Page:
"For things like user-acceptance testing, or work between a contractor and a company that's paying for development services, it would be easier to share something instantly, something you can just click into with basically zero effort ... because it's just automatically tracking the code repository," Berkholz said.

Use as a staging server is another matter to Berkholz, however.

"The entire point of a staging server is that it is essentially identical to a production server," he said. "Unless you're going to be running production in those environments, then it doesn't make much sense to me to use that for staging."

Runnable has been willing to host full EC2 instances, Morse said, with a little effort upfront, and the company is considering offering more performant CPU and RAM options as part of its future roadmap, as well as allowing customers to bring their own infrastructure as part of a future enterprise offering.

"The one thing I did ask them for was the ability to maybe pay a premium to get better resources," Morse said.

In the meantime, Morse said Runnable's service saves the company some money on Amazon Web Services (AWS) infrastructure and makes the development cycle more efficient, adding another release per week to the three the company had already been putting out.

"We're using it a lot more heavily than we were using the AWS test instances, too," Morse said. "We had two full-time EC2 instances for this, and if more than two people needed to use them, we either had to say, 'Wait,' or spin another one up -- and, usually, it was, 'Wait.'"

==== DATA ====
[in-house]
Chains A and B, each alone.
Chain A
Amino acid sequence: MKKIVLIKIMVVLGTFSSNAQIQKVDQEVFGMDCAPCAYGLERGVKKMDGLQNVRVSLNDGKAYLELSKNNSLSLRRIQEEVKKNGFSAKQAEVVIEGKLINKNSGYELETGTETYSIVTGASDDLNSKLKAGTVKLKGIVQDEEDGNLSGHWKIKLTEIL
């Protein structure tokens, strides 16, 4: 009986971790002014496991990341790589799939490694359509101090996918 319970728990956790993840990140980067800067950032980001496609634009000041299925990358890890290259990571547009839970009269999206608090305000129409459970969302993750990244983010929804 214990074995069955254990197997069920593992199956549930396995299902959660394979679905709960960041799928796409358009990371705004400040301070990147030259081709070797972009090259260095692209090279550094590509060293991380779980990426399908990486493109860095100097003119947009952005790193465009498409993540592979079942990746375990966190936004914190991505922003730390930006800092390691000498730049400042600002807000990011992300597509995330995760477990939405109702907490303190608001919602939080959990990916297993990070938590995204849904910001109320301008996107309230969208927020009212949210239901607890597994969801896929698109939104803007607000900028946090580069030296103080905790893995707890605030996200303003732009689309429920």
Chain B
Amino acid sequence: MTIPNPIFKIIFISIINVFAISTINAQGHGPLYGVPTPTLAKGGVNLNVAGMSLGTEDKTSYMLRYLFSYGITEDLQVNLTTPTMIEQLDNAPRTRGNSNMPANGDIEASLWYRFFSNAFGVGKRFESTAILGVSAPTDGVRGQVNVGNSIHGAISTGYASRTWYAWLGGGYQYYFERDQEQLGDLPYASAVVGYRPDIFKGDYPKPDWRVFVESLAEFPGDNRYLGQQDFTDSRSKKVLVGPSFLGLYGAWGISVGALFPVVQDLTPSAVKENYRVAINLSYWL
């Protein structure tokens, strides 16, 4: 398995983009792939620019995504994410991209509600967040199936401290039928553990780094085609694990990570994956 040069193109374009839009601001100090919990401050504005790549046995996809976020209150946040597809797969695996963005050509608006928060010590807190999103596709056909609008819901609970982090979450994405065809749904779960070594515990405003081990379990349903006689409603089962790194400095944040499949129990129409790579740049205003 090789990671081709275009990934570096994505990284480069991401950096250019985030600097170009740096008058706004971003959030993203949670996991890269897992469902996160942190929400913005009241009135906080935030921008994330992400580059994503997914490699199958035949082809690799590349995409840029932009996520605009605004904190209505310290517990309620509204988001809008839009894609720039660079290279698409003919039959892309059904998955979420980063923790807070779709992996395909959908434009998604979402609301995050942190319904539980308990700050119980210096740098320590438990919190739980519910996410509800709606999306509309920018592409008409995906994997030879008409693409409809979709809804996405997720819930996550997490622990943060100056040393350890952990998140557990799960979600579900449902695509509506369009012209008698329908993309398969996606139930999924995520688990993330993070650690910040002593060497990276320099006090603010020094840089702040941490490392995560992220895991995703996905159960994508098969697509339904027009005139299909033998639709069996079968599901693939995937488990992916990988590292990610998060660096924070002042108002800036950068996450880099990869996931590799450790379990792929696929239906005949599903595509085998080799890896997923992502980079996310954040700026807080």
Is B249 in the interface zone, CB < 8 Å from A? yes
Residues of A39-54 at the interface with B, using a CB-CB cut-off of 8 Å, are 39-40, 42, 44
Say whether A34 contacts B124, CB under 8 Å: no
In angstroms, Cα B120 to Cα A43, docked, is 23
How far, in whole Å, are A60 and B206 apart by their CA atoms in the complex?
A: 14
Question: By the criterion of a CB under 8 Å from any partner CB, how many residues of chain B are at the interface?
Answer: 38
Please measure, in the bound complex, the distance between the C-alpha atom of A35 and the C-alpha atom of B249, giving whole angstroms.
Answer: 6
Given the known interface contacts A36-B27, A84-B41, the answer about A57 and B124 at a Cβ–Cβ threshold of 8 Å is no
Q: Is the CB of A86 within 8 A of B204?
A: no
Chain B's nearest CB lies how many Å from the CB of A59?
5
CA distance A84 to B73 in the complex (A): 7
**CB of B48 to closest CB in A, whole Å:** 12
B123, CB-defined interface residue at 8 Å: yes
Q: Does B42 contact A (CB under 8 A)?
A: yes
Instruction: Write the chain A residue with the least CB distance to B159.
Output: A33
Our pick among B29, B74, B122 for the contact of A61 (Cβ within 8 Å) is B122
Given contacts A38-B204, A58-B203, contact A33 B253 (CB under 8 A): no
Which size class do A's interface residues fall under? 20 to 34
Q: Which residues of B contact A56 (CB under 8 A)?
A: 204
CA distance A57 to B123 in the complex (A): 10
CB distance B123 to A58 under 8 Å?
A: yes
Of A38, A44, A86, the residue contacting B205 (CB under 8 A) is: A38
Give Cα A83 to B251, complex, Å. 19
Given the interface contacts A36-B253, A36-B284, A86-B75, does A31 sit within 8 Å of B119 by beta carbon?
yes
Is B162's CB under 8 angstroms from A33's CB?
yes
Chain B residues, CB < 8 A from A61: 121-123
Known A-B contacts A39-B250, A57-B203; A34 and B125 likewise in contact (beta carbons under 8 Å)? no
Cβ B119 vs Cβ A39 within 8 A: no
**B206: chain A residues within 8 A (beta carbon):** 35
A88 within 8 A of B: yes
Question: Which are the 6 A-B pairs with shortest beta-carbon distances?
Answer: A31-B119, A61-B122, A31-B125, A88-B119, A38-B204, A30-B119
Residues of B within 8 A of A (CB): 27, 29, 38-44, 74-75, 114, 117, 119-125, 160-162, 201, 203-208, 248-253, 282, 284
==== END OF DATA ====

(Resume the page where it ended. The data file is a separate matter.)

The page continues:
Test automation software and services abound

Runnable has some differentiators, such as its creation of a full isolated infrastructure stack for each GitHub branch and a flat fee per user, per month, rather than infrastructure resources consumed. But its offering overlaps in many ways with other products already on the market besides Codenvy.

For example, QualiSystems' CloudShell sandboxes require more manual intervention in setup, but offer more customizability and are more focused on precisely emulating production environments than spinning up a remote infrastructure automatically. QualiSystems' software can also be deployed on premises, or in a hybrid or public cloud, while Runnable is only in the cloud.